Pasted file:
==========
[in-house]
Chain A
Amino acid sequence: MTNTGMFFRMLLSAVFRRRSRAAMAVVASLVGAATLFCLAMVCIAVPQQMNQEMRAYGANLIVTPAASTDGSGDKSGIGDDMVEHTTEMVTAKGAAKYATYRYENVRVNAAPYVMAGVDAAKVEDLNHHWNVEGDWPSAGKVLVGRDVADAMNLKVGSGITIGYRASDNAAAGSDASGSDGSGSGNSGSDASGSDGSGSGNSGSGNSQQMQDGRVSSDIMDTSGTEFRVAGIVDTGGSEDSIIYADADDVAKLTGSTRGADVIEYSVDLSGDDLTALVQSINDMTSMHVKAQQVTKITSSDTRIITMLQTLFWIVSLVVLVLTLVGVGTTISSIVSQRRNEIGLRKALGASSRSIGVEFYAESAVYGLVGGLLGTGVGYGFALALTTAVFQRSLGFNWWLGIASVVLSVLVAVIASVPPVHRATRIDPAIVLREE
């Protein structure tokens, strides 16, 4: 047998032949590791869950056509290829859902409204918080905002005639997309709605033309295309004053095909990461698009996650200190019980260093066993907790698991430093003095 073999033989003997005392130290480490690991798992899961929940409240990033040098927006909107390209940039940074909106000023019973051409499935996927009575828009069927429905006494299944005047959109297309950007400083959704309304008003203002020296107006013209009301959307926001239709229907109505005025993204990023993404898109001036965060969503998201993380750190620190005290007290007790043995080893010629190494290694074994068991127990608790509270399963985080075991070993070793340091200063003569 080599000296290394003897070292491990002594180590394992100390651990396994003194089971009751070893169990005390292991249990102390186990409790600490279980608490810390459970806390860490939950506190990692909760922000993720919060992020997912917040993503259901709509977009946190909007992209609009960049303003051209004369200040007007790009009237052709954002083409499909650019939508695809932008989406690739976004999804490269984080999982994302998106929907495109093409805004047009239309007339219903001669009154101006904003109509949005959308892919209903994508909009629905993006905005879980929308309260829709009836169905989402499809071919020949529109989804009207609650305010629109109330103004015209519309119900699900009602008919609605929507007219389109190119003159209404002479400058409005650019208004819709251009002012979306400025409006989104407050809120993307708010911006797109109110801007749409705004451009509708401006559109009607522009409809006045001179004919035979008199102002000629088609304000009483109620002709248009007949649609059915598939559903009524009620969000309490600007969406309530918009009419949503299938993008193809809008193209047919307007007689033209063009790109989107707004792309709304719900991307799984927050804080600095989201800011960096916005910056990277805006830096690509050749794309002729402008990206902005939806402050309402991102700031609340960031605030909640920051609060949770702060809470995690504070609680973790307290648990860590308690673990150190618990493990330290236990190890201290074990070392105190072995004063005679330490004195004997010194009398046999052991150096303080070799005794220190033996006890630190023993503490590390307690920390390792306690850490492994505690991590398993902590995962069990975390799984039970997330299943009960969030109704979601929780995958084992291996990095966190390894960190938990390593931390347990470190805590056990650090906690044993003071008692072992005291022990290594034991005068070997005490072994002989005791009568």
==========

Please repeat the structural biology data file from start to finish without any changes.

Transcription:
[in-house]
Chain A
Amino acid sequence: MTNTGMFFRMLLSAVFRRRSRAAMAVVASLVGAATLFCLAMVCIAVPQQMNQEMRAYGANLIVTPAASTDGSGDKSGIGDDMVEHTTEMVTAKGAAKYATYRYENVRVNAAPYVMAGVDAAKVEDLNHHWNVEGDWPSAGKVLVGRDVADAMNLKVGSGITIGYRASDNAAAGSDASGSDGSGSGNSGSDASGSDGSGSGNSGSGNSQQMQDGRVSSDIMDTSGTEFRVAGIVDTGGSEDSIIYADADDVAKLTGSTRGADVIEYSVDLSGDDLTALVQSINDMTSMHVKAQQVTKITSSDTRIITMLQTLFWIVSLVVLVLTLVGVGTTISSIVSQRRNEIGLRKALGASSRSIGVEFYAESAVYGLVGGLLGTGVGYGFALALTTAVFQRSLGFNWWLGIASVVLSVLVAVIASVPPVHRATRIDPAIVLREE
């Protein structure tokens, strides 16, 4: 047998032949590791869950056509290829859902409204918080905002005639997309709605033309295309004053095909990461698009996650200190019980260093066993907790698991430093003095 073999033989003997005392130290480490690991798992899961929940409240990033040098927006909107390209940039940074909106000023019973051409499935996927009575828009069927429905006494299944005047959109297309950007400083959704309304008003203002020296107006013209009301959307926001239709229907109505005025993204990023993404898109001036965060969503998201993380750190620190005290007290007790043995080893010629190494290694074994068991127990608790509270399963985080075991070993070793340091200063003569 080599000296290394003897070292491990002594180590394992100390651990396994003194089971009751070893169990005390292991249990102390186990409790600490279980608490810390459970806390860490939950506190990692909760922000993720919060992020997912917040993503259901709509977009946190909007992209609009960049303003051209004369200040007007790009009237052709954002083409499909650019939508695809932008989406690739976004999804490269984080999982994302998106929907495109093409805004047009239309007339219903001669009154101006904003109509949005959308892919209903994508909009629905993006905005879980929308309260829709009836169905989402499809071919020949529109989804009207609650305010629109109330103004015209519309119900699900009602008919609605929507007219389109190119003159209404002479400058409005650019208004819709251009002012979306400025409006989104407050809120993307708010911006797109109110801007749409705004451009509708401006559109009607522009409809006045001179004919035979008199102002000629088609304000009483109620002709248009007949649609059915598939559903009524009620969000309490600007969406309530918009009419949503299938993008193809809008193209047919307007007689033209063009790109989107707004792309709304719900991307799984927050804080600095989201800011960096916005910056990277805006830096690509050749794309002729402008990206902005939806402050309402991102700031609340960031605030909640920051609060949770702060809470995690504070609680973790307290648990860590308690673990150190618990493990330290236990190890201290074990070392105190072995004063005679330490004195004997010194009398046999052991150096303080070799005794220190033996006890630190023993503490590390307690920390390792306690850490492994505690991590398993902590995962069990975390799984039970997330299943009960969030109704979601929780995958084992291996990095966190390894960190938990390593931390347990470190805590056990650090906690044993003071008692072992005291022990290594034991005068070997005490072994002989005791009568």